The Islamic Supreme Council of Iraq (ISCI) and its Citizen’s Alliance is attempting to move into another stage of its political career as it prepares for this year’s parliamentary elections. The party was originally formed in Iran to organize pro-Khomeini Iraqi forces on its side during the Iran-Iraq War. Before the 2003 invasion it aligned itself with the United States so that it would gain a seat in the post-Saddam government that the Americans would put together. Afterward it argued for a Shiite region and gained control of most of the south and Baghdad in the 2005 elections. It was then punished in the polls in 2009 and 2010 for its poor governorship. It had even more problems as in between those two elections its leader Abdul Aziz al-Hakim passed away, and his son Ammar Hakim lost the support of the old guard, which eventually led to the Badr Organization splitting away and joining Prime Minister Nouri al-Maliki. To the surprise of many ISCI made a comeback in 2013 in the governorate level voting. Now it is trying to build on that for this year’s balloting. The party has tried to portray itself as a centrist and nationalist organization that is willing to work with others to solve the country’s deep divisions.
ISCI Leader Ammar Hakim has attempted to lead his party in a new direction in 2014 (LA Times)
This year the Supreme Council has tried to position itself as a party committed to solving Iraq’s problems rather than creating more of them by arguing with other lists. When the fighting in Anbar started in December 2013 the Citizen’s Alliance first called on the local tribes to confront the Islamic State of Iraq and the Levant (ISIS), and then offered a political plan to rebuild the province and empower local leaders. Many in Anbar have complained that Baghdad is constantly interfering in their affairs and ignoring their demands, so ISCI tried to address both those issues. It said only through political compromises could the conflict be resolved in the governorate. On the legislative front it called on lawmakers to attend sessions, which is always a problem, so that laws can be passed to serve the public. Parliamentarians are constantly absent, and because of the political divisions it is very difficult to pass any meaningful laws. Ammar Hakim has met with some governors like Basra’s Majid Nasrawi calling for better services in the provinces. This was one thing that made the Citizen’s Alliance successful in 2013, appealing to local concerns. It has tried to position itself as a mediator in the conflict between the central and Kurdistan regional governments. In March for instance, it offered an initiative to resolve the dispute between the two over the budget and oil industry based upon greater transparency over production and exports, while maintaining Baghdad’s control over the latter. On this issue ISCI was taking more of a nationalist position as it argued for the Oil Ministry to maintain the lead over the energy field. Hakim also met with Moqtada al-Sadr and offered to be a middleman between Maliki and Kurdistan, and said that he was committed to working out the differences between two so that the 2014 budget could be passed. The budget has become a political football between the premier and his opponents. Once again, the Supreme Council was attempting to portray itself as a list more interested in getting things done then arguing with others. When a presidential guard killed a Radio Free Iraq reporter in Baghdad in March it criticized other parties for attempting to use it for their own political gain. ISCI was referring to the prime minister here as he personally oversaw the arrest of the perpetrator in an obvious political move just before the elections. What differentiated the Supreme Council was that it did not directly attack Maliki. Finally, it announced a “Citizens’ Wants” campaign to try to connect to the public claiming that it wanted to appeal to all sects and groups in the country, while reaching out the tribes and asking their sheikhs to turn out their followers. All these themes make up the Supreme Council’s current election campaign. Rather than getting caught up in partisan disputes it has offered itself up as an honest broker with plenty of ideas to address the country’s many problems. It has used both populist and nationalist rhetoric aligning itself with local concerns, while also stressing the necessity for an effective central government. This is a long ways away from the group’s original image of a pro-Iranian Shiite party that wanted decentralization, and shows the current transformation Hakim is attempting to orchestrate.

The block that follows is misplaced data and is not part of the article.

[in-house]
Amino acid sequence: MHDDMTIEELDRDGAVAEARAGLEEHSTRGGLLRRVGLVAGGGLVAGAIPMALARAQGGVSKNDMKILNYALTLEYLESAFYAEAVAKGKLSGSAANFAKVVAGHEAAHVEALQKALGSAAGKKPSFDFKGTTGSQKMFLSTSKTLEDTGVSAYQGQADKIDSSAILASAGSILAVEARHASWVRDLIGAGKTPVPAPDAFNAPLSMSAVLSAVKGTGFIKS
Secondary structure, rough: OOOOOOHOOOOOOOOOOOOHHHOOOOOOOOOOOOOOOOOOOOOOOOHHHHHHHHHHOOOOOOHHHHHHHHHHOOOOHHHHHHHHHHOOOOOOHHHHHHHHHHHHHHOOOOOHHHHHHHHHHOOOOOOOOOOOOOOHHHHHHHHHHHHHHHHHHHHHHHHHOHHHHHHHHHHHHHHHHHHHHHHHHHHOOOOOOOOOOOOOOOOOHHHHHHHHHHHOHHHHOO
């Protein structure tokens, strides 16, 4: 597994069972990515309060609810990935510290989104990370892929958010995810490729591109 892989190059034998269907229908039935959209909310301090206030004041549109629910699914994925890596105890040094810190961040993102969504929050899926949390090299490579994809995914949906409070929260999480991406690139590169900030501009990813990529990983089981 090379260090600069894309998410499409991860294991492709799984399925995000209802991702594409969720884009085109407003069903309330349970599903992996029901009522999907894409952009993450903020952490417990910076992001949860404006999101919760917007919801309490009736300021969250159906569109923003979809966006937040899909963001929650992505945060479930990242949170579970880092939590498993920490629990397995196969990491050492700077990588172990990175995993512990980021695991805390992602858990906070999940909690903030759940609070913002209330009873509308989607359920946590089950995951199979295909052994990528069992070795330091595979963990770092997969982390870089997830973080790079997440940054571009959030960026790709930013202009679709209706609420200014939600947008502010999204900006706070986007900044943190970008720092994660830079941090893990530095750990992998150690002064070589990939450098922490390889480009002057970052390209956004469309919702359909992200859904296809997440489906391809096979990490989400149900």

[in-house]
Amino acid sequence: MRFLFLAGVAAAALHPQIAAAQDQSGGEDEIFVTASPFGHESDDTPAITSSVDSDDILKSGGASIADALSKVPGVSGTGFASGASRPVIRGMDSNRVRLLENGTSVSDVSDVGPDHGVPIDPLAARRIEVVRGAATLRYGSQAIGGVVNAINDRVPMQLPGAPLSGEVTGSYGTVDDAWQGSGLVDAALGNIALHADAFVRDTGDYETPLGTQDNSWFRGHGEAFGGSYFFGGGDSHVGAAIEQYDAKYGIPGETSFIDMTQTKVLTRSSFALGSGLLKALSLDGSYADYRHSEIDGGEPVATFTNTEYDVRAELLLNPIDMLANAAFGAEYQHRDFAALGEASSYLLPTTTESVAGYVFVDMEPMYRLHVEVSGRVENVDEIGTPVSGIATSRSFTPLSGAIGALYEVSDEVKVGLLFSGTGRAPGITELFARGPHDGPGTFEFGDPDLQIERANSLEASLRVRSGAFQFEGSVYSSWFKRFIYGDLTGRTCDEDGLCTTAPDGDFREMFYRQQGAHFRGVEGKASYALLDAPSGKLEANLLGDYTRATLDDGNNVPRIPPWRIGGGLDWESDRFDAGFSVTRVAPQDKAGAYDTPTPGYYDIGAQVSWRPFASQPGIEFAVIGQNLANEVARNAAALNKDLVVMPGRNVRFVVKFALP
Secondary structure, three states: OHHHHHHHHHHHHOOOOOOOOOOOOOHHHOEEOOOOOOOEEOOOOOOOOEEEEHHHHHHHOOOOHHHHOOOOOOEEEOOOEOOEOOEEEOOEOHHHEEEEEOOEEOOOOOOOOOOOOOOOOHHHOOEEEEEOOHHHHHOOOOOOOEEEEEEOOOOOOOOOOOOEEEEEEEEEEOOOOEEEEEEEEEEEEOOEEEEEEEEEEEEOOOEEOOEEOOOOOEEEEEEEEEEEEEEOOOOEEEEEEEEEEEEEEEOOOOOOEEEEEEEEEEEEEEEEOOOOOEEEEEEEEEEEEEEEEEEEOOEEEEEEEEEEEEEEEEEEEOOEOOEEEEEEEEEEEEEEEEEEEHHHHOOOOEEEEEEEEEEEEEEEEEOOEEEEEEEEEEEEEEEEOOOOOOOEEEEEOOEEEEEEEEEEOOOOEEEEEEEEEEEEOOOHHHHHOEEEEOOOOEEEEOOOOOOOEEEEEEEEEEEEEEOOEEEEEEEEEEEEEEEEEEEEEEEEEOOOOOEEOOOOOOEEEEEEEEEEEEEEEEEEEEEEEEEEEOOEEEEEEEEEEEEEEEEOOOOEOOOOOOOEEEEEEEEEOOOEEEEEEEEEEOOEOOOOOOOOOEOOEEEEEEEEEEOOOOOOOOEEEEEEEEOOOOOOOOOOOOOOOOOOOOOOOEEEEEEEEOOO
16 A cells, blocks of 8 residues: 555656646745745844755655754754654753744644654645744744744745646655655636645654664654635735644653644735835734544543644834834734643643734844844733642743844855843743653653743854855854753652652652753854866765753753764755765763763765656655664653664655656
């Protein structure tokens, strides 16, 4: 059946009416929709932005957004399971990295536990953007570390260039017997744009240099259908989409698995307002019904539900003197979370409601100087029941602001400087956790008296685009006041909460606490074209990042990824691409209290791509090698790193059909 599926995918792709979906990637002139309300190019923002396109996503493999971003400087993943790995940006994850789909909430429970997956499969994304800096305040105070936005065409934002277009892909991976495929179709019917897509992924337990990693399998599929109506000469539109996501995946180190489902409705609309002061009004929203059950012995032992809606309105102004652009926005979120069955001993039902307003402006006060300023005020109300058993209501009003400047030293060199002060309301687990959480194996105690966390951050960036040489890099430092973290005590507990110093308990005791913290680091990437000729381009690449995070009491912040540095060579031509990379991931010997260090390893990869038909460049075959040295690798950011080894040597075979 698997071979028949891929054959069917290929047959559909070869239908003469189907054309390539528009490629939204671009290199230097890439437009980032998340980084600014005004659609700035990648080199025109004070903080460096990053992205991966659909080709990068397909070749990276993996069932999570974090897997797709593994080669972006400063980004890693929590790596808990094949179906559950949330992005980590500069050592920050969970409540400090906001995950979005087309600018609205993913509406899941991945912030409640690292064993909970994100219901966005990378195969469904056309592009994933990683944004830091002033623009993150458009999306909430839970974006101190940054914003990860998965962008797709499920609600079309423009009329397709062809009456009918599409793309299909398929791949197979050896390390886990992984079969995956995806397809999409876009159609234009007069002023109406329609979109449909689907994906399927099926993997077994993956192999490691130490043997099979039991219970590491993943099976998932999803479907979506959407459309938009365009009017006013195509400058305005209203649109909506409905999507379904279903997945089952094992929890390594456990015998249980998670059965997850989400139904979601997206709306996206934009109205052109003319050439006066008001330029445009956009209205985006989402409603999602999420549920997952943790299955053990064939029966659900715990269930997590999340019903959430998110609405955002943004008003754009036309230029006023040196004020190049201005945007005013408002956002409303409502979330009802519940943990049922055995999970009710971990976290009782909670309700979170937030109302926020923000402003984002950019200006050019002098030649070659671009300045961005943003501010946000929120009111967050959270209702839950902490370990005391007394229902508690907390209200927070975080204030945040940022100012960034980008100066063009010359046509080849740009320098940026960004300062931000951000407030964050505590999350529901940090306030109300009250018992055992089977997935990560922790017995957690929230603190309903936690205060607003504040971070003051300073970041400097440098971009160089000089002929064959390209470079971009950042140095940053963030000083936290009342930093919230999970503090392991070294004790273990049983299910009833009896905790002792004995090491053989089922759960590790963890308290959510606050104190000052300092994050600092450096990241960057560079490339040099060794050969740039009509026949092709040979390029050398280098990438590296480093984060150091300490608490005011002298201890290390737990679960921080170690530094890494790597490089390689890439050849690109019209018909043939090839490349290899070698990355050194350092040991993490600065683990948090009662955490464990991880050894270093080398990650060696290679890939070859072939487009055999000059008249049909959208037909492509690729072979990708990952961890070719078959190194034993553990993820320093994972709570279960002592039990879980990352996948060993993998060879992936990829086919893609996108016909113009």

The Supreme Council has shown the ability to learn and adapt to its past mistakes. After its devastating losses in the 2009 and 2010 elections it completely reformed its message. It is stressing its Iraqiness and commitment to Baghdad as the center that can resolve the country’s many problems with the periphery. Unlike the vast majority of other political parties, ISCI has largely refrained from attacking others directly. Since it is largely competing for the Shiite vote this sets it apart from the Prime Minister’s State of Law (SOL) and Moqtada al-Sadr’s Ahrar bloc. Sadr has tried to appropriate some of these same themes, but has increasingly moved towards attacking the Prime Minister leading to a war of words between the two. SOL has also consistently attacked its rivals, blaming both its domestic and foreign opponents for all the country’s ills. With its success in the 2013 provincial vote the Supreme Council is hoping to do just as well or better this year. How many seats it gains is actually not as important as what direction it takes after all the ballots are counted. Whatever the breakdown the Shiite parties will still have the majority. It is now clear that Sadr is going to challenge a third term for Maliki. That means which side the Supreme Council takes will have the greatest chance to lead the country. Right now ISCI is trying to benefit from the disputes between those two, but it will eventually have to decide to align with one or another, and that might be the turning point in the government formation process that will be a long and difficult one.